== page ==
One of my all time favorite movies is Moneyball featuring Brad Pitt. What’s not to love? The movie is about how the general manager Billy Bean of the Oakland A’s turns his club on it’s head by using quantified principles to maximize the smaller budget that his team had to work with higher scoring output. Billy Bean hired a quant to analyze things that were more important than the scouts opinions. He found inefficiencies in how major league baseball under priced players that achieved getting on base at more at bats and ones that garnered a large amount of walks. They also found value in players with great statistics but did not look the part physically, had odd techniques, older players past their prime, or players that had been injured. They were looking for getting the most value for their money based on the math not the opinions of a scout or someone who just knew they liked the way a player looked.

The Oakland A’s were able to have a record setting winning streak and make the play offs have a much price tag for wins and scoring than the bigger ball clubs. What I really loved was that these principles evolved from the theories of Bill James who invented sabermetrics while working as a security guard in a cannery and was eventually hired by the Boston Red Sox.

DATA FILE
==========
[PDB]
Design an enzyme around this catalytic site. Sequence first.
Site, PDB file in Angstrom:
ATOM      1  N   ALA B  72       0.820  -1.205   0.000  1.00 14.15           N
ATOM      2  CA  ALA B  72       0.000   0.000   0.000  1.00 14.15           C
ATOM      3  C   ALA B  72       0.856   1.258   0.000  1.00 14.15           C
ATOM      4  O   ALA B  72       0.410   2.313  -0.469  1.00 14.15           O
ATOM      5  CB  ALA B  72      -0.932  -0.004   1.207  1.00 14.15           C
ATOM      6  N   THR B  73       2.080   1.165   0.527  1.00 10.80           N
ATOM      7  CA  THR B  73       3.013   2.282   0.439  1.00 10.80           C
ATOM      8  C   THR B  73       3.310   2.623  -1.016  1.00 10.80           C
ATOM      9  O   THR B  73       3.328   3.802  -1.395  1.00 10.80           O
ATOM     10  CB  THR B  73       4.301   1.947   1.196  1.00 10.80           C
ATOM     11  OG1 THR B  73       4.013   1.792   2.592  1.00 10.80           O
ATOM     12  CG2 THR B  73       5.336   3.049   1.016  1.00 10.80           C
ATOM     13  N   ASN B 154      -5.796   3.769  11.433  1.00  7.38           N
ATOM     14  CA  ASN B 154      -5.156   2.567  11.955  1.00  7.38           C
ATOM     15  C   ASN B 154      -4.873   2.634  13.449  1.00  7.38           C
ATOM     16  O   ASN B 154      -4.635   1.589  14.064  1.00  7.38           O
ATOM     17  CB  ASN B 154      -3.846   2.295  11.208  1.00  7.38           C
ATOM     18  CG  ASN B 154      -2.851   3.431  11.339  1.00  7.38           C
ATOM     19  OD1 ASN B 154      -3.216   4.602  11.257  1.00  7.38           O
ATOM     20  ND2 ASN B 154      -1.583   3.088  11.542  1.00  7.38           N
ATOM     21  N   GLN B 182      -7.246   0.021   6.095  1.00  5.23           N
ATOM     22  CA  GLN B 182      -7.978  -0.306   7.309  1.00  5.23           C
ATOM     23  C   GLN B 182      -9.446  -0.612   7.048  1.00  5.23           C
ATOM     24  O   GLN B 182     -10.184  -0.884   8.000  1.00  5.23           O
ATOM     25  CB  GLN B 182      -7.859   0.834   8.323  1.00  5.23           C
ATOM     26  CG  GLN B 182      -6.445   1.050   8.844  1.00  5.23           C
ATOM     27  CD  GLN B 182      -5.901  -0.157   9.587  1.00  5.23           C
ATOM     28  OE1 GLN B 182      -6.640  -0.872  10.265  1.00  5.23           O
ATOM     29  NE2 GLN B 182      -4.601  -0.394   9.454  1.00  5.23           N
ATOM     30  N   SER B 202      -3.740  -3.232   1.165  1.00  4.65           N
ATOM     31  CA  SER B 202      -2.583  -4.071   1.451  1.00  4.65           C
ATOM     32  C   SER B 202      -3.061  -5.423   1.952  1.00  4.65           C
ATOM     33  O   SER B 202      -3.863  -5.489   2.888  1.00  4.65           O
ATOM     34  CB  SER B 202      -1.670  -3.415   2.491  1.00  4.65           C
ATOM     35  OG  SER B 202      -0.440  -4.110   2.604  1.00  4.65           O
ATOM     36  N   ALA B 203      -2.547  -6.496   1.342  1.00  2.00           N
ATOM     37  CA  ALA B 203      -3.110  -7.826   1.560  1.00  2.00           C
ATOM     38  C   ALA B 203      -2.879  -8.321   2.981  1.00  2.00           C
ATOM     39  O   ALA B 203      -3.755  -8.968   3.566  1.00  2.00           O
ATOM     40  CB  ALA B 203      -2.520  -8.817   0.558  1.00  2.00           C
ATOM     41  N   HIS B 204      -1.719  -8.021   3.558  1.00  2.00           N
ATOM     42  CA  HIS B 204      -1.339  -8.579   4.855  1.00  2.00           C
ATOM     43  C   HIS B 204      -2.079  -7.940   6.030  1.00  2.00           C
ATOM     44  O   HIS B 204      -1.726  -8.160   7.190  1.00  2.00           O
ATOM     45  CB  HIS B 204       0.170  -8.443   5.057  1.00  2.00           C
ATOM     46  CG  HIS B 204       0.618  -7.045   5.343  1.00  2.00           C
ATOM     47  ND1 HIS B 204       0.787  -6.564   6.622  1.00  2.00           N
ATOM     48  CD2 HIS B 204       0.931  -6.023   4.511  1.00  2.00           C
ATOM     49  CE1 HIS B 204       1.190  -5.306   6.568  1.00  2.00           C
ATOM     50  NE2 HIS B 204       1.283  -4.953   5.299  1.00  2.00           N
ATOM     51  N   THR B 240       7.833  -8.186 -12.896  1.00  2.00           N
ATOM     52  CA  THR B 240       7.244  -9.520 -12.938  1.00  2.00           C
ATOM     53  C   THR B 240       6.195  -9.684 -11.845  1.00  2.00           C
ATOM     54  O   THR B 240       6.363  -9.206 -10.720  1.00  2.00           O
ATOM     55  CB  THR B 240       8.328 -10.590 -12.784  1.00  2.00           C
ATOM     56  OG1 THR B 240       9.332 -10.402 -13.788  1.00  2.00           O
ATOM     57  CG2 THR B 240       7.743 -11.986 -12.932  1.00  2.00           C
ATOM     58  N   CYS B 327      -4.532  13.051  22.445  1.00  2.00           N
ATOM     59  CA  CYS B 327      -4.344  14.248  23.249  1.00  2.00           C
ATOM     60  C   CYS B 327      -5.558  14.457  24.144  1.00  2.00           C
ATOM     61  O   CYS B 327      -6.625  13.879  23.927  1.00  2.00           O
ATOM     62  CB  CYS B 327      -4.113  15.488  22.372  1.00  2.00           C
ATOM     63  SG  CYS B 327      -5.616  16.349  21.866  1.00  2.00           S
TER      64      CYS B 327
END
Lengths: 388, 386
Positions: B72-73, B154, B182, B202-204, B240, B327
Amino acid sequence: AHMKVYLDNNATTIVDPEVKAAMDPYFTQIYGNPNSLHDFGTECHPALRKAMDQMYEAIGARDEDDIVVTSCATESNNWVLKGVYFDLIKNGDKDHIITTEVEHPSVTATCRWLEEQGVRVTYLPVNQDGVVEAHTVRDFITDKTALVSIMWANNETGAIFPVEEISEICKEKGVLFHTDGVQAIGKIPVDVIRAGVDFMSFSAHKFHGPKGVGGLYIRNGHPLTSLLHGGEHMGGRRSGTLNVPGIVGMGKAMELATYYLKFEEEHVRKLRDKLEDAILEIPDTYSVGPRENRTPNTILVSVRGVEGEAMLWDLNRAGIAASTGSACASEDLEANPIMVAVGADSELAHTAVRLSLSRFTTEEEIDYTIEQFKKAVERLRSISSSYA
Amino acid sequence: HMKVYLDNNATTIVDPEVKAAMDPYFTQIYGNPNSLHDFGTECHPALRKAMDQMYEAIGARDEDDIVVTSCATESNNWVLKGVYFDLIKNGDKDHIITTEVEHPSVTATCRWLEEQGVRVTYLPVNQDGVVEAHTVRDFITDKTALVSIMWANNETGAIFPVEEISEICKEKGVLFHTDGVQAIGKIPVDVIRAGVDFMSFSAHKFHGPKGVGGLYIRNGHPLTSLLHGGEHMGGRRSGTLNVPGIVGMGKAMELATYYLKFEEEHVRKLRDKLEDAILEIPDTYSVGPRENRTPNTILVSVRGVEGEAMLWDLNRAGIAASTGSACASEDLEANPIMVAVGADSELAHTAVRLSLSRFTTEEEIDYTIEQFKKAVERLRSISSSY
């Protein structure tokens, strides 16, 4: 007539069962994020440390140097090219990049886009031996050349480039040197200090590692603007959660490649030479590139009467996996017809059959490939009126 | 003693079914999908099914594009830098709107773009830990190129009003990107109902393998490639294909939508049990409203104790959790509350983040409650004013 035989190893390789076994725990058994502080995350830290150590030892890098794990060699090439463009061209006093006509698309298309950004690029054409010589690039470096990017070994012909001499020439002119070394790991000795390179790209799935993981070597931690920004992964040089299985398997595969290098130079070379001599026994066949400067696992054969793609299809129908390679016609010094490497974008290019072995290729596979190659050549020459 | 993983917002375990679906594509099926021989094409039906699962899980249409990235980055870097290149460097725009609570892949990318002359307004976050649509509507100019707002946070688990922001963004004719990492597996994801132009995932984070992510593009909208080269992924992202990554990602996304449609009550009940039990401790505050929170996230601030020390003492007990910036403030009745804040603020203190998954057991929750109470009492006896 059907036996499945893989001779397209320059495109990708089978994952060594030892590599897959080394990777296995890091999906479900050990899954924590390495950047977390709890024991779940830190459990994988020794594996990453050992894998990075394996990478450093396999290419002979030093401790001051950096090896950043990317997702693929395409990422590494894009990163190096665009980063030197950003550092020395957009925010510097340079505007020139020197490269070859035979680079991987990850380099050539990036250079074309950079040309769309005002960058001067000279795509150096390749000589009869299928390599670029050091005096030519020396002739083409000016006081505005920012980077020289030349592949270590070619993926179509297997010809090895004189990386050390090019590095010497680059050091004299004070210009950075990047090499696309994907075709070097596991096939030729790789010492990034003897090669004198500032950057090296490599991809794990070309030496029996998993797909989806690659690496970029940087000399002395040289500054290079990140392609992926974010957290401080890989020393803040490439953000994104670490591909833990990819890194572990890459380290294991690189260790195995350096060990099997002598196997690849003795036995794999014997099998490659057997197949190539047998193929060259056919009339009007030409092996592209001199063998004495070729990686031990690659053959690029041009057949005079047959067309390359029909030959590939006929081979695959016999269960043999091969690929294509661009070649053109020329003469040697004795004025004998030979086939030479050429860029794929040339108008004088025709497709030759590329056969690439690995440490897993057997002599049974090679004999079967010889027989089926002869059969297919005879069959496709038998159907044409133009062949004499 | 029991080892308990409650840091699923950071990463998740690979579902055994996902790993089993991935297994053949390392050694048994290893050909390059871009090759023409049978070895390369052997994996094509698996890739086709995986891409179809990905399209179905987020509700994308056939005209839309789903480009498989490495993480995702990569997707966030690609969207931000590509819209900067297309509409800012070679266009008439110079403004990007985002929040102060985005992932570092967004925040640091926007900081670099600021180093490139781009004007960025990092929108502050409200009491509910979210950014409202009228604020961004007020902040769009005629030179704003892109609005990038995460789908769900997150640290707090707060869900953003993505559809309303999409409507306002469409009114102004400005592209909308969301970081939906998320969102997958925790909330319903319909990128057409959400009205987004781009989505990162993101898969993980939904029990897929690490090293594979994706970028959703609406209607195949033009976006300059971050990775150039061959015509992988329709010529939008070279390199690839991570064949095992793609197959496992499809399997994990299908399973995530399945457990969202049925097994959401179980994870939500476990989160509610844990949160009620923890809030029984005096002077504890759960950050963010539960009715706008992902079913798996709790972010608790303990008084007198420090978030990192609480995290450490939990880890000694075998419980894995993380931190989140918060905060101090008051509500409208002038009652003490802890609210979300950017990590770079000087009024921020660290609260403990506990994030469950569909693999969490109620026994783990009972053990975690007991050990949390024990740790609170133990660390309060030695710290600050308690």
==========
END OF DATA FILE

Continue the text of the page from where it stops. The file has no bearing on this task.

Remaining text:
What can the Moneyball principles teach us about trading?

  1. Quantify, quantify, and quantify some more. Trade based on the facts of a proven trading system and a trading plan. Entries and exits have to have valid reasons not opinions, predictions, or gut feels. Have good reasons for your position size and where you place your stop losses.
  2. Isolate the most important principles and concepts for your method of trading that will make you the most profitable and look at the most efficient ways to implement and maximize those principles. Small losses, maximize win size, improve winning percentage, limit drawdowns, eliminate  the risk of ruin, get the maximize return on capital at risk, reduce stress, increase discipline, create the best risk/reward ratios, know when the market favors your method, pick your trades and market carefully, only trade tight bid/ask spreads that have liquidity.
  3. Understand the random nature of results. Understand what your edge is over your competition and trust that your edge will play out over the long term if you stay disciplined with your process.
  4. Take advantage of inefficiencies in pricing. Look to get a good value for your money and take advantage when someone is letting an asset go at a price that presents a great risk/reward ratio for your entry price.
  5. Always look at ways to adjust your method to get the maximum efficiencies from what you do. Be dynamic and willing to make the right changes to improve your performance based on your own principles.